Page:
Memories crowded in—our first meeting at the residential nutrition study that I participated in at Cal Berkeley. Visits later to her apartment on Benvenue from whence we went for pastries at the best bakery in the world—Nabolom. The place on Matthew, where I hammered a few nails and learned to drink Caffix with Berkeley Farms half-and-half. The houses in Emeryville and Covelo and out on the land in Mendocino County. Every place that Briana ever lived was chock full of her and Peter’s recycled metal art and literally thousands of finds from flea markets—an endless feast for the eyes. There were times, too, when Bee (her nickname) and Pete visited us in Albuquerque and our amazing meet-up at the Oregon Country Fair. So many times I sat with her in one of her many booths—many more times than I had thought—at the Women’s Craft Fair at Fort Mason Center, hers and Pete’s at the Marin Farmers’ Market and the Oregon Country Fair. We did the Ashby Flea Market together years ago and visited the Marin Flea Market then too; she and Peter sat with Cheyenne and me at the Albuquerque Flea Market at the butt crack of dawn in the fall. I always came away from our visits with earrings and small sculptures—some as gifts and some as purchases. I tried and did give in return, but also always felt I fell short. Briana was simply larger than life, a woman of great spirit, dedicated to the Mother. We broke bread together again and again. I took care of Bear when he was a baby, and she taught art to our foster son. She affirmed my love of things Jewish and taught me about dedication to the Goddess. I discovered Bay Area eateries through Bee—the hole-in-the-wall, no name Chinese place on University Ave in Berkeley, the Mediterranean on Telegraph, the Cheese Board on Shattuck, Nabolom of course, Doyle Street Café for breakfast, and Edible Complex where Bee taught me to eat desserts left by other patrons when we were that poor. We job-shared as hospice caregivers. And it was Bee who drove me to the Oakland airport for my first trip to Europe, her old Volvo sedan flying off the lip of the Berkeley Hills, into the air and down to the flatlands. Years later I returned the favor, making a last minute rush for the Southwest Chief with her and Peter and their many baskets and bundles to heft on board at the last minute. It wasn’t all sweetness between us. A woman of passion, Bee was much better than I at confronting something that made her angry, and in the hole-in-the-wall Chinese place, she let me have it when I had brought up some banal dissatisfaction. All was forgotten when I got pregnant with Cheyenne, and Bee gifted me with little crocheted caps that Bear had outgrown. There would be thirty years of sisterhood after that one outburst.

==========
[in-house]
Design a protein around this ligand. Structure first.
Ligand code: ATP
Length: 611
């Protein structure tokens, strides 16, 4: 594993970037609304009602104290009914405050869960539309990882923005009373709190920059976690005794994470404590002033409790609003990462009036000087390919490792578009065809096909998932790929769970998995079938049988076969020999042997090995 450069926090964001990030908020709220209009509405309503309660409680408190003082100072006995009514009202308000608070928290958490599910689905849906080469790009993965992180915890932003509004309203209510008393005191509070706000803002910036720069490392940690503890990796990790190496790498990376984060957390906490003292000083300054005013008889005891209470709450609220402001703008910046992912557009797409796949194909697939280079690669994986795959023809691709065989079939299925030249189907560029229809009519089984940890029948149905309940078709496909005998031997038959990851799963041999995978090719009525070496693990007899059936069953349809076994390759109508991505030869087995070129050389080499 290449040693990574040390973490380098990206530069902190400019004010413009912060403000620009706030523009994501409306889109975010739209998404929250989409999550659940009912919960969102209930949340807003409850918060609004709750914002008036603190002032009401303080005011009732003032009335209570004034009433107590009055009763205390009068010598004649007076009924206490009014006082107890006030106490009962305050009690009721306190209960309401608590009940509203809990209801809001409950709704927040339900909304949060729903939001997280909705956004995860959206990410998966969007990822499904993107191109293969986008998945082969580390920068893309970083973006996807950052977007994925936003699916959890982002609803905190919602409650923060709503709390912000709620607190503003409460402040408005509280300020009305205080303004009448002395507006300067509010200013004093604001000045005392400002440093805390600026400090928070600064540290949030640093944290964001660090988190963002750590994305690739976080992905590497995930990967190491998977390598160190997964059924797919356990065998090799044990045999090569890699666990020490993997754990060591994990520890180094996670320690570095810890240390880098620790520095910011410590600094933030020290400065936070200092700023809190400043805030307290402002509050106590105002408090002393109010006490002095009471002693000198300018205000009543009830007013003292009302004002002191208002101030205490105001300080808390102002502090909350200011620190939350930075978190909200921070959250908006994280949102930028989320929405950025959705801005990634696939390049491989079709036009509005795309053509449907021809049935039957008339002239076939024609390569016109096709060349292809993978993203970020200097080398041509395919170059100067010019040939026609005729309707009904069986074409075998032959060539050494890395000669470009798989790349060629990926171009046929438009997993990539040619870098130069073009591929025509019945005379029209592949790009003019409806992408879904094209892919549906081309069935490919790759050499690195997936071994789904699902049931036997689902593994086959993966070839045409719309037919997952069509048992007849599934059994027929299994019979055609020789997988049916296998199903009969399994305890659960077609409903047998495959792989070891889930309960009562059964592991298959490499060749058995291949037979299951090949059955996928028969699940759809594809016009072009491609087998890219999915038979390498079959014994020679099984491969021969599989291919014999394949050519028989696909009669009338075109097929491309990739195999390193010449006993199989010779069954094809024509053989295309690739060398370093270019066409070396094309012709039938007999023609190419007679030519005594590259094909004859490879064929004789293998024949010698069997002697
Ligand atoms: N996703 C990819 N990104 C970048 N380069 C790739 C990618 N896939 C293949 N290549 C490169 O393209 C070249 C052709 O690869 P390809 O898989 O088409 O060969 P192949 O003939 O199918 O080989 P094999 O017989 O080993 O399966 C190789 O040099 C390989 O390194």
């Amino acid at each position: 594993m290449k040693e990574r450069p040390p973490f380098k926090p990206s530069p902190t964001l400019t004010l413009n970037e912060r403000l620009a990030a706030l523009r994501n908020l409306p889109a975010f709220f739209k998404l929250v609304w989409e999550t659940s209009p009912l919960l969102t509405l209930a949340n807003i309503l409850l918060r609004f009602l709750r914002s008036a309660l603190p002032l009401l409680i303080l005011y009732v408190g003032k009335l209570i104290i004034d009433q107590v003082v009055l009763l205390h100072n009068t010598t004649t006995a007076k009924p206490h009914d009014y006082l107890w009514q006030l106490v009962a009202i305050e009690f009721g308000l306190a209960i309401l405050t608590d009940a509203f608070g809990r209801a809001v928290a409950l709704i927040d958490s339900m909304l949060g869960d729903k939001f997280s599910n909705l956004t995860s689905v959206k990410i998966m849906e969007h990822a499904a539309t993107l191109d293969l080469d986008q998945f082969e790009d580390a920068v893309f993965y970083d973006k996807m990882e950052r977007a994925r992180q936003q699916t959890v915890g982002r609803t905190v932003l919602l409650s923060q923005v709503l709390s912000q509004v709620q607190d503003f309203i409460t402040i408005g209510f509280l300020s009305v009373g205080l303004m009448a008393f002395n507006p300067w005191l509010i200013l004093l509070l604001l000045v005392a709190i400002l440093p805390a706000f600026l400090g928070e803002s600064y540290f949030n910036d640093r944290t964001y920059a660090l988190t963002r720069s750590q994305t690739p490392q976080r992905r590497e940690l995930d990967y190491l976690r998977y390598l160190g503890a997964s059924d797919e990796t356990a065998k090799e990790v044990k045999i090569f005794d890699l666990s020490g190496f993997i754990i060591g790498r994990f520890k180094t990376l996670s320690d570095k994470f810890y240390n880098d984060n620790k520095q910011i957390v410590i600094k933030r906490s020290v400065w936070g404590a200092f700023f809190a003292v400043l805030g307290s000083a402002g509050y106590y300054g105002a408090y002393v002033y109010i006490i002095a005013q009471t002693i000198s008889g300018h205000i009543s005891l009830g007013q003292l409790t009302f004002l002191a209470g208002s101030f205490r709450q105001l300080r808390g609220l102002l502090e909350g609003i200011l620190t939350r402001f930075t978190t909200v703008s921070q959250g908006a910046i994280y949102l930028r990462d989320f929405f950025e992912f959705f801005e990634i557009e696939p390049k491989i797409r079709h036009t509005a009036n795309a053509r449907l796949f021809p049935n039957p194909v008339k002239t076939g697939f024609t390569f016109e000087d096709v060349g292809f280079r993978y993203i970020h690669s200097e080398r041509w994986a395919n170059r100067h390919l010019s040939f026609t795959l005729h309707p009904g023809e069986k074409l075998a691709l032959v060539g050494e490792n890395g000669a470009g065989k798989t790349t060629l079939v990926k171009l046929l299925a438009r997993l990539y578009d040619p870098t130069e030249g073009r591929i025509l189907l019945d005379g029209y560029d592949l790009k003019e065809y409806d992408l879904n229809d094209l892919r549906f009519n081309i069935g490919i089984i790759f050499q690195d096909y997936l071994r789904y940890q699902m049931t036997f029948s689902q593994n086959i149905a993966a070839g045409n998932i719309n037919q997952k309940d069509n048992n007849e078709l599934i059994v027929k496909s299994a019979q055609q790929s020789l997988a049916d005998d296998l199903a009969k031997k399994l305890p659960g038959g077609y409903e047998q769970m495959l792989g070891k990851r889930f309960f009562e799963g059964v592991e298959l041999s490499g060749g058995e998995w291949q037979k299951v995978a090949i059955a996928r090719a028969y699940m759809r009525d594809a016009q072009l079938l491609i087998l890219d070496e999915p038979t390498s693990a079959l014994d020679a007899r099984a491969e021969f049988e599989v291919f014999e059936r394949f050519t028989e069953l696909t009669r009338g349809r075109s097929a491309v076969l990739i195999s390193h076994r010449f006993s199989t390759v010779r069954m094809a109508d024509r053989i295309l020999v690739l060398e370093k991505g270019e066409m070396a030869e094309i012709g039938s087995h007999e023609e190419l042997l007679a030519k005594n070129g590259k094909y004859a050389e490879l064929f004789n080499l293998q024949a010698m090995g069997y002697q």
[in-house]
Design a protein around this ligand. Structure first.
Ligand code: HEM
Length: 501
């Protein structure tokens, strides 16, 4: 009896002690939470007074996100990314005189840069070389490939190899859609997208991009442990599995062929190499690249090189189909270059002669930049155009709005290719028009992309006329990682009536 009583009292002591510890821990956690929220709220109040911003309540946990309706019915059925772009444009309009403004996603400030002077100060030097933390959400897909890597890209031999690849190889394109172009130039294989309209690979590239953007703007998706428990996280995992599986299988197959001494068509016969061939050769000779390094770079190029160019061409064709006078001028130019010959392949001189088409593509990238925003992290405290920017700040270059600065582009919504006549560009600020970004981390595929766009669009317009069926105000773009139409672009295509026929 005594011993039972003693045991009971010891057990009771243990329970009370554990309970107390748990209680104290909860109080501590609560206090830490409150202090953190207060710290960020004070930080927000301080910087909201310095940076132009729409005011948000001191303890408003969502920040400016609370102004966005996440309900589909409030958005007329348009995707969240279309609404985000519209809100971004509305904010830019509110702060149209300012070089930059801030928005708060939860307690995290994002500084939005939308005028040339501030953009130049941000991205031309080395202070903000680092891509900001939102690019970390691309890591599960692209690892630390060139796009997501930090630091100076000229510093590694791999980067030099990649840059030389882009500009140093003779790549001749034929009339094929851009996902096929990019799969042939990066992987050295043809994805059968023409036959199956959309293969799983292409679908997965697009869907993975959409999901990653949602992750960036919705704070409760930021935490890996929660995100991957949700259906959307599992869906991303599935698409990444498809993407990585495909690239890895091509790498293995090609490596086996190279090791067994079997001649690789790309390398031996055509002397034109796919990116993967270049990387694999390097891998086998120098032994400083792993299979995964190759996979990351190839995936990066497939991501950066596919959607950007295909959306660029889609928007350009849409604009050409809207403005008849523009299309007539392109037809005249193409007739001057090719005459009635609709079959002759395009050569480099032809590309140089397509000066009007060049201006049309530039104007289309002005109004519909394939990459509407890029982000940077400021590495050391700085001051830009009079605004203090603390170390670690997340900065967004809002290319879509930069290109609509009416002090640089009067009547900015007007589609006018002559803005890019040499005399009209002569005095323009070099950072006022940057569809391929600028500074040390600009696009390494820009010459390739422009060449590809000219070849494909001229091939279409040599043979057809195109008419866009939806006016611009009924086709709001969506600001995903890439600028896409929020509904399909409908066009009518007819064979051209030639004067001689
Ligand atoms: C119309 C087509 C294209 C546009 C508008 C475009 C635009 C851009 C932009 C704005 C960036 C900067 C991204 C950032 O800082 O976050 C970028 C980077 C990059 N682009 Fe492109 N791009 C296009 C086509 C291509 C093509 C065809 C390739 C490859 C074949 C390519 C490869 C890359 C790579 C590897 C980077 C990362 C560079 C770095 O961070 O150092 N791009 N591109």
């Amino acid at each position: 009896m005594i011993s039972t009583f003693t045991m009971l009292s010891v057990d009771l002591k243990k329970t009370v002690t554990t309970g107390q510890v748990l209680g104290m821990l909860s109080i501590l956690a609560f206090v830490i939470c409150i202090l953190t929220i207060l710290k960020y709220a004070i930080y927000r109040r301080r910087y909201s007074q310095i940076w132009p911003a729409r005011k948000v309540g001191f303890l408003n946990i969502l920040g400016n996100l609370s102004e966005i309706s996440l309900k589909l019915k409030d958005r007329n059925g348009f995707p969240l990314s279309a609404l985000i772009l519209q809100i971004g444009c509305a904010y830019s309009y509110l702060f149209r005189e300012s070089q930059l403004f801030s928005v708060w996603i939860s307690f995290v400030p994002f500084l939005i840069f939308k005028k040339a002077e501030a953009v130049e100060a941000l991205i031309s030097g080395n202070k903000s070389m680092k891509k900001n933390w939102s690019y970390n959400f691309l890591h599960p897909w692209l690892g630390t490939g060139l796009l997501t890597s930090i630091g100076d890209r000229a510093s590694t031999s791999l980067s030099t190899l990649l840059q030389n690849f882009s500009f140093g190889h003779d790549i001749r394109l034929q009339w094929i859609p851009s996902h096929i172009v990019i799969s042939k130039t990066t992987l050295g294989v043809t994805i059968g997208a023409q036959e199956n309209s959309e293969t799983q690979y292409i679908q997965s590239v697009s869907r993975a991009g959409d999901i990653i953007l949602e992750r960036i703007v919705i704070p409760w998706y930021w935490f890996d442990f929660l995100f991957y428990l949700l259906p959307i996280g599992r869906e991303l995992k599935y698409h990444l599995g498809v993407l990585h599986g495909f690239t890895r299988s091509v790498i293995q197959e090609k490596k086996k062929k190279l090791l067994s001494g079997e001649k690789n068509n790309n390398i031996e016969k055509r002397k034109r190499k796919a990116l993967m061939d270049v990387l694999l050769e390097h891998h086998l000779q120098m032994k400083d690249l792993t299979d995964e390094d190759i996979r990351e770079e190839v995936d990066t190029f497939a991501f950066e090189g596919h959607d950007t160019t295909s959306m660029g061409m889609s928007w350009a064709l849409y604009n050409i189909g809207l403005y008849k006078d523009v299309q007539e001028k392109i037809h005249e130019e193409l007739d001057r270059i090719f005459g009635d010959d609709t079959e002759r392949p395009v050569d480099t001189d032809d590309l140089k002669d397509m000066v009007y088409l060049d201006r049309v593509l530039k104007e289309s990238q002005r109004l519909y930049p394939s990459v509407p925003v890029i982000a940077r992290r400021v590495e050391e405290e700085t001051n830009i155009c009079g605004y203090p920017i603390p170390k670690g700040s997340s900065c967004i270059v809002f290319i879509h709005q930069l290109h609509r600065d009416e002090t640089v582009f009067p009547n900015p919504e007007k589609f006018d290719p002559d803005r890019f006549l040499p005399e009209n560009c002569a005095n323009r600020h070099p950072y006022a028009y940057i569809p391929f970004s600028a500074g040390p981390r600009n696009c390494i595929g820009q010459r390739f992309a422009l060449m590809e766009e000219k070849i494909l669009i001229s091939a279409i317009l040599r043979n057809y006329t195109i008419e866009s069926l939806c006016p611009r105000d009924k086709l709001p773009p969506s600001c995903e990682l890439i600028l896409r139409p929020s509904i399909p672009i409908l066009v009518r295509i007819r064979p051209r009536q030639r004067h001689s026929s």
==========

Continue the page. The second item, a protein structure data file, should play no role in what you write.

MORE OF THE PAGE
Memories assail me at every turn, and I grieve the loss, not only to me but to the world—the loss of someone who gave so much, an activist for many of the causes I believe in, a lover of life. I want to celebrate this woman, and I suppose this writing is a celebration of sorts, but, although I grieved when I first heard, the missing of her comes so much more strongly in this place where our lives touched again and again and again over the years.

A few years back I wrote “Some Thoughts About Funerals” in my Gallup Independent column—about why we go to funerals or memorials—to comfort those who were close, to be comforted by others, to say that someone’s life had meaning, to celebrate that life. I was so sorry not to be able to go to Briana’s memorial. At the same time I was relieved because I was afraid it would be so painful. But I felt bad not to be there for Peter and Bear. It felt complicated, as the death of someone so important to one’s own life can be. Today I am reminded of my column and aware of how essential it is to share our grief as well as our celebration of a life that has been of vital importance to us. I don’t know what my meeting with Peter and Bear will bring. I suspect it will be hard and hopefully also healing for all of us.

© Anna Redsand All Rights Reserved